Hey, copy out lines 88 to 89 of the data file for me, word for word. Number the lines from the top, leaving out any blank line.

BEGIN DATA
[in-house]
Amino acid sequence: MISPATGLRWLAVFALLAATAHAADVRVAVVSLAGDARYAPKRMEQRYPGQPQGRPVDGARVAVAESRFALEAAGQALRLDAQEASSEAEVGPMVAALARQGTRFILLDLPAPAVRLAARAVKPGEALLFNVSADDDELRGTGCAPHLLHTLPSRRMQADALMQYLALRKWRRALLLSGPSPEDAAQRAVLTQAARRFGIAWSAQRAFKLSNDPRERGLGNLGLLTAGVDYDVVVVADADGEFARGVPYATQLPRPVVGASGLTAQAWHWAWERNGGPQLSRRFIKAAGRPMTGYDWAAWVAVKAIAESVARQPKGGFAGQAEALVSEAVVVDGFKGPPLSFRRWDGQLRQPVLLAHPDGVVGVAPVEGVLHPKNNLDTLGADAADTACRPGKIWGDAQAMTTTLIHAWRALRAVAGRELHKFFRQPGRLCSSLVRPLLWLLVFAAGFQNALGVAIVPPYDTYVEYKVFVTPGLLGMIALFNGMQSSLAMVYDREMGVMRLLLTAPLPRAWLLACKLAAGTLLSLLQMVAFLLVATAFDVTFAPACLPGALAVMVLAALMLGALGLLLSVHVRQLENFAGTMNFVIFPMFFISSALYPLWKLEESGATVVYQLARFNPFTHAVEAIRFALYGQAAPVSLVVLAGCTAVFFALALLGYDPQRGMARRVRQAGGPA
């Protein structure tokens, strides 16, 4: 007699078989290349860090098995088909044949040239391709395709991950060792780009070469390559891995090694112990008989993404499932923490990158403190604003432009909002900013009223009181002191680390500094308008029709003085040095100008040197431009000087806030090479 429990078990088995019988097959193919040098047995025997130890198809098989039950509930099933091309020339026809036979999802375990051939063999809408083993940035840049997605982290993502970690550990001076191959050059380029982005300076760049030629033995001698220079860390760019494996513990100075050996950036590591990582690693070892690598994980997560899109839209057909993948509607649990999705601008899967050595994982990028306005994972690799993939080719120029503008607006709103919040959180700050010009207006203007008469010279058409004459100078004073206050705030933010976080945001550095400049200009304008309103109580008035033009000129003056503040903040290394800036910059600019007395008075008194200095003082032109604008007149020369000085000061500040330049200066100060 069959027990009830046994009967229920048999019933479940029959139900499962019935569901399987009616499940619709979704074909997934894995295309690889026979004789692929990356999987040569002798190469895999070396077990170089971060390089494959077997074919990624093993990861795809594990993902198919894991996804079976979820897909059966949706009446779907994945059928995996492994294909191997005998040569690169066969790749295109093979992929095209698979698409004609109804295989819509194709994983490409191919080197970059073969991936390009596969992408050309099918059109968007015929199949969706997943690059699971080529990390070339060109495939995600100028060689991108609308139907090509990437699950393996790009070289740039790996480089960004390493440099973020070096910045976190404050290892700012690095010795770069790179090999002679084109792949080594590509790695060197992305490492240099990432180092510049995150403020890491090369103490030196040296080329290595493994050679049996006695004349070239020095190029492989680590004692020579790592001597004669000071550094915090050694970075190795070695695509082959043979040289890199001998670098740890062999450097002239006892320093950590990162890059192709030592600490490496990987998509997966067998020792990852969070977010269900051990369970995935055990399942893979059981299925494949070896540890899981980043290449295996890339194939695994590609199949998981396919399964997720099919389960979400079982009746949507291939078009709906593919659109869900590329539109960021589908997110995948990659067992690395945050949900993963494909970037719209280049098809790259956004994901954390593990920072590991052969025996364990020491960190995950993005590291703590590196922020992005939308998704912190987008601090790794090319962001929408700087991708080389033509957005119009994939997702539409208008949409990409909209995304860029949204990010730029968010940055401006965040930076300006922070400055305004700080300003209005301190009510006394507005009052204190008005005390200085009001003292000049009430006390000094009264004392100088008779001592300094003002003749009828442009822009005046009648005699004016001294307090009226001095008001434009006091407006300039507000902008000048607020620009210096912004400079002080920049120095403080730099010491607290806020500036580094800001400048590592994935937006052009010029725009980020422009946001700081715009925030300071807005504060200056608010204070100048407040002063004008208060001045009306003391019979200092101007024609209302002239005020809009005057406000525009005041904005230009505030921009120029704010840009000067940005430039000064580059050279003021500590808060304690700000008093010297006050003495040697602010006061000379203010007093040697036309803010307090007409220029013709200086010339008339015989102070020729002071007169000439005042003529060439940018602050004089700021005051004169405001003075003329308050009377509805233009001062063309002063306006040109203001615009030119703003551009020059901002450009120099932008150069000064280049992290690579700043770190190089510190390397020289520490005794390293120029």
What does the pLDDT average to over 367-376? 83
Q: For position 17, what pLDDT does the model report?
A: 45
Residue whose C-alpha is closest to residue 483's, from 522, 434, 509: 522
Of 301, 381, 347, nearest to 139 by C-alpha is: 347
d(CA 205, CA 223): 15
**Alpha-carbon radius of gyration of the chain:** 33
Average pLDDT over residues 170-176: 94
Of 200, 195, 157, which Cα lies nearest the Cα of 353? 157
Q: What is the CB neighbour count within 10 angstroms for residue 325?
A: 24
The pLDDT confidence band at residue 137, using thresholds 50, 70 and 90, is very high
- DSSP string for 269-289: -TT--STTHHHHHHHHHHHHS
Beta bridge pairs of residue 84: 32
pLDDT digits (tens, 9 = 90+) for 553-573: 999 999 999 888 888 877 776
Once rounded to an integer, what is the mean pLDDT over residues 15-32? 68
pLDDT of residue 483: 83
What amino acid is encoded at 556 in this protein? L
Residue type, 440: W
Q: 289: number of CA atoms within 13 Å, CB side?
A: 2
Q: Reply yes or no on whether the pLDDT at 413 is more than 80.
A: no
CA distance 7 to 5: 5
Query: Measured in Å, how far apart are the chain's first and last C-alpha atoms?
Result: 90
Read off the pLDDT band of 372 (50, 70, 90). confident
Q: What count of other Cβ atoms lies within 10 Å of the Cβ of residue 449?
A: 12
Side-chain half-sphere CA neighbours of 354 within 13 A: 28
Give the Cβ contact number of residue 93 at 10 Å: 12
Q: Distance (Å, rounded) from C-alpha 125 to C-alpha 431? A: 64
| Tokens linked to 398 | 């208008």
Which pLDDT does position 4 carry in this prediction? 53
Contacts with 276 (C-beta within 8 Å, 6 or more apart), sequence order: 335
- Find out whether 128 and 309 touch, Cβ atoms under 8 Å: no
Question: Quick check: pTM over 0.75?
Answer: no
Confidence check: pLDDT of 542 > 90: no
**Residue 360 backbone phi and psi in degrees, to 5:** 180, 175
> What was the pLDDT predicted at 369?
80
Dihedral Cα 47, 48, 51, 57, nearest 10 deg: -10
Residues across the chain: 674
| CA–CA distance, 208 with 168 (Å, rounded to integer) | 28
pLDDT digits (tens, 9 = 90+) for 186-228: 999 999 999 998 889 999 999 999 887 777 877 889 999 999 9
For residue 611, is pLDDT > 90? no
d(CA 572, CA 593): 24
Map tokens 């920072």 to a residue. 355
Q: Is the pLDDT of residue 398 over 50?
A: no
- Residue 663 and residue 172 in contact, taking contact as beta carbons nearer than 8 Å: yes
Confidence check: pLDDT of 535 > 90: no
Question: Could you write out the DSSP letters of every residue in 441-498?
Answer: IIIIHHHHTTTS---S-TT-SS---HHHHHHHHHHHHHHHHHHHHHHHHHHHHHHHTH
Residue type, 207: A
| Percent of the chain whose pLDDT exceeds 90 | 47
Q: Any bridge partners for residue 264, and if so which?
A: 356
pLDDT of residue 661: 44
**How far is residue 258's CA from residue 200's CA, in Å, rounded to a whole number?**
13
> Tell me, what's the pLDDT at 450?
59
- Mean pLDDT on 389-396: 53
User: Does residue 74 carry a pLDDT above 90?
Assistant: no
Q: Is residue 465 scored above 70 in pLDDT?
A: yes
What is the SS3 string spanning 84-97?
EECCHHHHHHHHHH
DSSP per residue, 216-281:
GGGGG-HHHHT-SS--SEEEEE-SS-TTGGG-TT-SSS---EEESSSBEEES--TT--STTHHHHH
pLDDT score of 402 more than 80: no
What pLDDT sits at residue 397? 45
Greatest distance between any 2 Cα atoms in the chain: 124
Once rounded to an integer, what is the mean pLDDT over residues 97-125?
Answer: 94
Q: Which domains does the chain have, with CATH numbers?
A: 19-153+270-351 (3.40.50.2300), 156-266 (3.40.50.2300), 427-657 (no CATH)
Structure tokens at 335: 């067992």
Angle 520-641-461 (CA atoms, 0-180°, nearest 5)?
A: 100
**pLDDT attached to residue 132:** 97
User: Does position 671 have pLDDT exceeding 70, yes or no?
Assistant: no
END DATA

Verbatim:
User: Does position 671 have pLDDT exceeding 70, yes or no?
Assistant: no